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Events / Causes

Hudson’s Bay scouts luxury retailers for greater market share

April 8, 2014

Columbia Donald Watros, president of Hudson's Bay Company, speaking at Columbia Business School event


NEW YORK - The president of Hudson's Bay Company said that the conglomerate is bent on rapidly expanding its retail presence at the eighth annual Columbia Business School Retail and Luxury Goods conference.

Whether courting other department stores to add to its portfolio or developing new locations, Hudson's Bay views real estate growth as key to staying competitive. Also, the president discussed how the company has revamped its digital performance, with Saks leading the way.

"We have to get big fast so we can spend the money that the competition is spending," said Donald Watros, president of Hudson's Bay Company, New York.

"What has been going on in the last five years is mind-numbing," he said. "The revolution is [happening] for those of us who are making it transparent to go between channels."

More space

Mr. Watros explained that Hudson's Bay evolved when NRDC Equity Partners acquired the company in 2006. The real estate background of the new owners compelled the company to reassess its property holdings, especially that of department store Zellers, which led to Target's acquisition of the chain in 2011.


Columbia Business School Retail Revolution conference

Ridding itself of the Zellers, a "tired Kmart," allowed Hudson's to pursue other investments, most notably Saks Fifth Avenue in 2013 (see story).

Since then the brand has been searching for new players to add to its portfolio. Mr. Watros said that Nordstrom and Neiman Marcus were two brands that had been pursued.

However, fleshing out Saks' footprint throughout the U.S. and Canada will occupy the company for the time being.


Columbia Business School Retail Revolution conference

Around $250 million will be directed to making Saks Fifth Avenue the premier shopping destination in New York. The brand has already pulled in the former chief merchant of Harrods, Marigay McKee, to act as president.

Ms. McKee has said that her first mission is to modernize the store in a way that appeals to younger consumers.

While Hudson's Bay has a sizable presence in North America, the company would like to expand overseas.


Columbia Business School Retail Revolution conference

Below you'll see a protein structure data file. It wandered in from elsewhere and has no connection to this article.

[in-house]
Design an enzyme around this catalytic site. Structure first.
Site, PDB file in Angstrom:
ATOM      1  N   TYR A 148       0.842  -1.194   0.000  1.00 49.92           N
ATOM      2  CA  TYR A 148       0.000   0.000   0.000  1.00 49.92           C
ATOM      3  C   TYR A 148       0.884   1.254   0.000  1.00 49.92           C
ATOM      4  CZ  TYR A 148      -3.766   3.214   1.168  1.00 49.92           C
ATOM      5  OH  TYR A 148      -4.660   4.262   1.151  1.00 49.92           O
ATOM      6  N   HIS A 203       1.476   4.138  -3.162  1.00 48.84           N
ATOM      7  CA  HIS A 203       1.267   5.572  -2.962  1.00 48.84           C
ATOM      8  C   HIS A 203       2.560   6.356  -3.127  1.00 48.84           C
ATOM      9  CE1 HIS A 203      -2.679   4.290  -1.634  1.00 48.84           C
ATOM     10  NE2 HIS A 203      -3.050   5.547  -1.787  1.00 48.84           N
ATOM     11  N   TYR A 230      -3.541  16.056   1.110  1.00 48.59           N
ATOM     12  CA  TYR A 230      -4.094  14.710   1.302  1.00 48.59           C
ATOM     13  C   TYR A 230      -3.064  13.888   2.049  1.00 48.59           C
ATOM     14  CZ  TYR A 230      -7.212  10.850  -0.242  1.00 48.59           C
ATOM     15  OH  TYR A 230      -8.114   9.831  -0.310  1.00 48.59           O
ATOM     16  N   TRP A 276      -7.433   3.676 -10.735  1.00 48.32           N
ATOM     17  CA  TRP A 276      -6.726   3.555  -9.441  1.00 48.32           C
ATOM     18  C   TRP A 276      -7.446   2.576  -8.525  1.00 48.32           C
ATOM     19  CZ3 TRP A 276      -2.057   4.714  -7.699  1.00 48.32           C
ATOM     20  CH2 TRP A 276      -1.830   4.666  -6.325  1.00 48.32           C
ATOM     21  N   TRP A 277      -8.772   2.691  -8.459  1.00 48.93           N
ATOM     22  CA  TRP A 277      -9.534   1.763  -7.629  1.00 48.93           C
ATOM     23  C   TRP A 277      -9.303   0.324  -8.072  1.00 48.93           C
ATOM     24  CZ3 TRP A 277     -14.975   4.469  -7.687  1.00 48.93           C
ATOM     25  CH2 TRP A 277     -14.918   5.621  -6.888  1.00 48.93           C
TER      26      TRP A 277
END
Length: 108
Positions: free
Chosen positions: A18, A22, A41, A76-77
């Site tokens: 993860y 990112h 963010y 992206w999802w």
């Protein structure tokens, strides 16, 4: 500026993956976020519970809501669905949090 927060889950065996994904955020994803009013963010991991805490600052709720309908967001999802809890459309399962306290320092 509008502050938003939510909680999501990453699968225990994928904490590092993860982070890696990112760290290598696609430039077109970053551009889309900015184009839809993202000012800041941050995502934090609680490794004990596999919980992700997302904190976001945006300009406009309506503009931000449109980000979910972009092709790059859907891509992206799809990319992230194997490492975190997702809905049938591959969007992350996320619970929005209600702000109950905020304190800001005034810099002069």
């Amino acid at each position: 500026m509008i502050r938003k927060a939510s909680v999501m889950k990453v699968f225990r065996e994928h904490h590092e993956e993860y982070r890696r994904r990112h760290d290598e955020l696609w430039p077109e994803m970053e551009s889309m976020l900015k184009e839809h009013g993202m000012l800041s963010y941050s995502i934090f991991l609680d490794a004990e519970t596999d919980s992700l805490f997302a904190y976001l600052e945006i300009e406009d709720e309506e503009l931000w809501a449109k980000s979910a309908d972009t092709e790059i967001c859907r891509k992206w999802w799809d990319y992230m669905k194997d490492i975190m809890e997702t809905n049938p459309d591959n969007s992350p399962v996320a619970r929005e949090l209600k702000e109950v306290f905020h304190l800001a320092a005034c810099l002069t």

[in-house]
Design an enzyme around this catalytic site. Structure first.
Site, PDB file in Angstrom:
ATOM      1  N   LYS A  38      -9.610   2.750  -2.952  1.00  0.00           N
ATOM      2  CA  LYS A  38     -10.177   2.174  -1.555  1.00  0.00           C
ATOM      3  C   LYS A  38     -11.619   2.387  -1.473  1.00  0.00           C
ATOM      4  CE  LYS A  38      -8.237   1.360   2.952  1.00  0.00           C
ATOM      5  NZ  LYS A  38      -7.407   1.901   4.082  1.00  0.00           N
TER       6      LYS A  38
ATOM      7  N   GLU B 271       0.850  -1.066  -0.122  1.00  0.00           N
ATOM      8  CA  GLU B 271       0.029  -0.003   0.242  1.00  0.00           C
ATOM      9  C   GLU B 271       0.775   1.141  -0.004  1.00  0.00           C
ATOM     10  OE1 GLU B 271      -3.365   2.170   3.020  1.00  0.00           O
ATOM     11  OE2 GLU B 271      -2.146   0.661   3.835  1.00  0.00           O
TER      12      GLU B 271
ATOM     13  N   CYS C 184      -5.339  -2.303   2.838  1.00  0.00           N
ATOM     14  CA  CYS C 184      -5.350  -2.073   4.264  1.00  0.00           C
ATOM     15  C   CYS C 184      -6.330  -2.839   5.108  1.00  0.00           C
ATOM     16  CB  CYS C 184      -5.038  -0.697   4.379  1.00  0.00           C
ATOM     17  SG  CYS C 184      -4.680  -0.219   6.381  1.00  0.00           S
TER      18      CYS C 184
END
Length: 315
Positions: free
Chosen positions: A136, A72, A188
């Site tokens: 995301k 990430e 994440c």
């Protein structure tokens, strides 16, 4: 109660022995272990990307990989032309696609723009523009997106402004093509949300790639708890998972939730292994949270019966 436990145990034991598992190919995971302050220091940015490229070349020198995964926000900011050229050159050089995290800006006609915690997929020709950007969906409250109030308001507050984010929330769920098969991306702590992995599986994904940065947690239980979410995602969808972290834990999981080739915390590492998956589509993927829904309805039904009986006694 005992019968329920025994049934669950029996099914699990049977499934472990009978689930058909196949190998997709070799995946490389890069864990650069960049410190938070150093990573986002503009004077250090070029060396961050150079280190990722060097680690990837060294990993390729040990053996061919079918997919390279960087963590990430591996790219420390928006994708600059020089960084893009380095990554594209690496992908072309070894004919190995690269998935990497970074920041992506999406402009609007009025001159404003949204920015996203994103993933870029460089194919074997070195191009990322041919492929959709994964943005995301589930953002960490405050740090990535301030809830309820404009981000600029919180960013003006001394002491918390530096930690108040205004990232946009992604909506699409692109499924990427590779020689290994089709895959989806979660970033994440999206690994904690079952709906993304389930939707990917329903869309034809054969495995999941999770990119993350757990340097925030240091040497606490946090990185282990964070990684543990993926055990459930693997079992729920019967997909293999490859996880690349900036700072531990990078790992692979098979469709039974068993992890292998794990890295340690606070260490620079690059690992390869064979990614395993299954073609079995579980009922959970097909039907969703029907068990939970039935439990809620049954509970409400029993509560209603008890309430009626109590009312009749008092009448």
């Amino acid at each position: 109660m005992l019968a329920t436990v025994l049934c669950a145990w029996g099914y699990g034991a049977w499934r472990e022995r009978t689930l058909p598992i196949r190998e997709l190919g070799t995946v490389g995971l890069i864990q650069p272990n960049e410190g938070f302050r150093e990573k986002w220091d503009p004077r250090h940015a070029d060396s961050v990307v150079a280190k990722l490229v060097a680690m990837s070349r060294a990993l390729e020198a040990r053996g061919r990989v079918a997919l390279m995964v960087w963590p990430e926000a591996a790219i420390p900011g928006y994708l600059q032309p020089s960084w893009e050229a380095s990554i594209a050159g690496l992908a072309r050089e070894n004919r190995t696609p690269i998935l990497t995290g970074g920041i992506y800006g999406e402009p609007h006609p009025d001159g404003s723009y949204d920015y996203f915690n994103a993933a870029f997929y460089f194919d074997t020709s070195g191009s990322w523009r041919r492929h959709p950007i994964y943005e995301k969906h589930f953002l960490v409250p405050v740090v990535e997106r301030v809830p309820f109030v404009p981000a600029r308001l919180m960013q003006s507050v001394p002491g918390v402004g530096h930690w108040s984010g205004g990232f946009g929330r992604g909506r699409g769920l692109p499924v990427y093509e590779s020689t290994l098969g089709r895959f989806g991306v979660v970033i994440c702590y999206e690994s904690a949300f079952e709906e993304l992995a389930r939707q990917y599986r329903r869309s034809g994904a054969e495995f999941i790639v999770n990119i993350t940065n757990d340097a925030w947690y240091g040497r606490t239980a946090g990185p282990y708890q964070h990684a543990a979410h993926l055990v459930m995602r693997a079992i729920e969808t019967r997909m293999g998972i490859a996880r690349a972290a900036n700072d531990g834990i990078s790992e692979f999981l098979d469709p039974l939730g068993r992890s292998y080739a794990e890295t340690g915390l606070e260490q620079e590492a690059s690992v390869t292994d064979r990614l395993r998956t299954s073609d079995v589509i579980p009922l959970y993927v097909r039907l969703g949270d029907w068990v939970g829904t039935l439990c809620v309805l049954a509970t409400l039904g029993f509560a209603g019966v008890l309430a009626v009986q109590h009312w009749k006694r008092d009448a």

The outlet chain Saks Fifth Avenue Off-Fifth will form another part of the retail expansion.

When asked if an outlet has the potential to gash the sales of a primary department store, Mr. Watros said that the only overlap between the stores concerns the consumers already hunting for mark downs at the original.

Digital revolution

Staying digitally relevant remains a top priority of Hudson's Bay.

"All the growth coming out of retail right now is ecommerce," Mr. Watros said.

Mr. Watros said that 70 percent of purchases at one of Hudson's brands are influenced by digital and that consumers who shop online and in stores spend three times as much, compared to those who shop in only one channel.

Canada's sputtering ecommerce scene has been documented.

A report by L2 and Google Canada found that a shabby omnichannel environment in Canada has pushed consumers to look across the border for ecommerce, clearing the field for Amazon.

Although the vast majority of sales occur in-store, Canadian consumers are beginning to tilt in the direction of ecommerce, which logically leads toward Amazon. However, if retailers effectively leverage bricks-and-mortar locations, they may be able to fend off the digital retailer (see story).

Hudson's Bay is making moves. The company tapped the former president of to oversee digital marketing for all of its retail brands.

The new HBC Digital group, headed by Michael Burgess, will consist of experts who will create the ecommerce and marketing strategy for the group, applying best practices and sharing knowledge across the brands. Each of the retail chains under the HBC umbrella, including department store chain Saks Fifth Avenue, will benefit from shared knowledge, since the approach raises the ROI on digital marketing spend (see story).

"It's critically important to get these consumers moving between channels," Mr. Watros said.

Final take
Joe McCarthy, editorial assistant on Luxury Daily, New York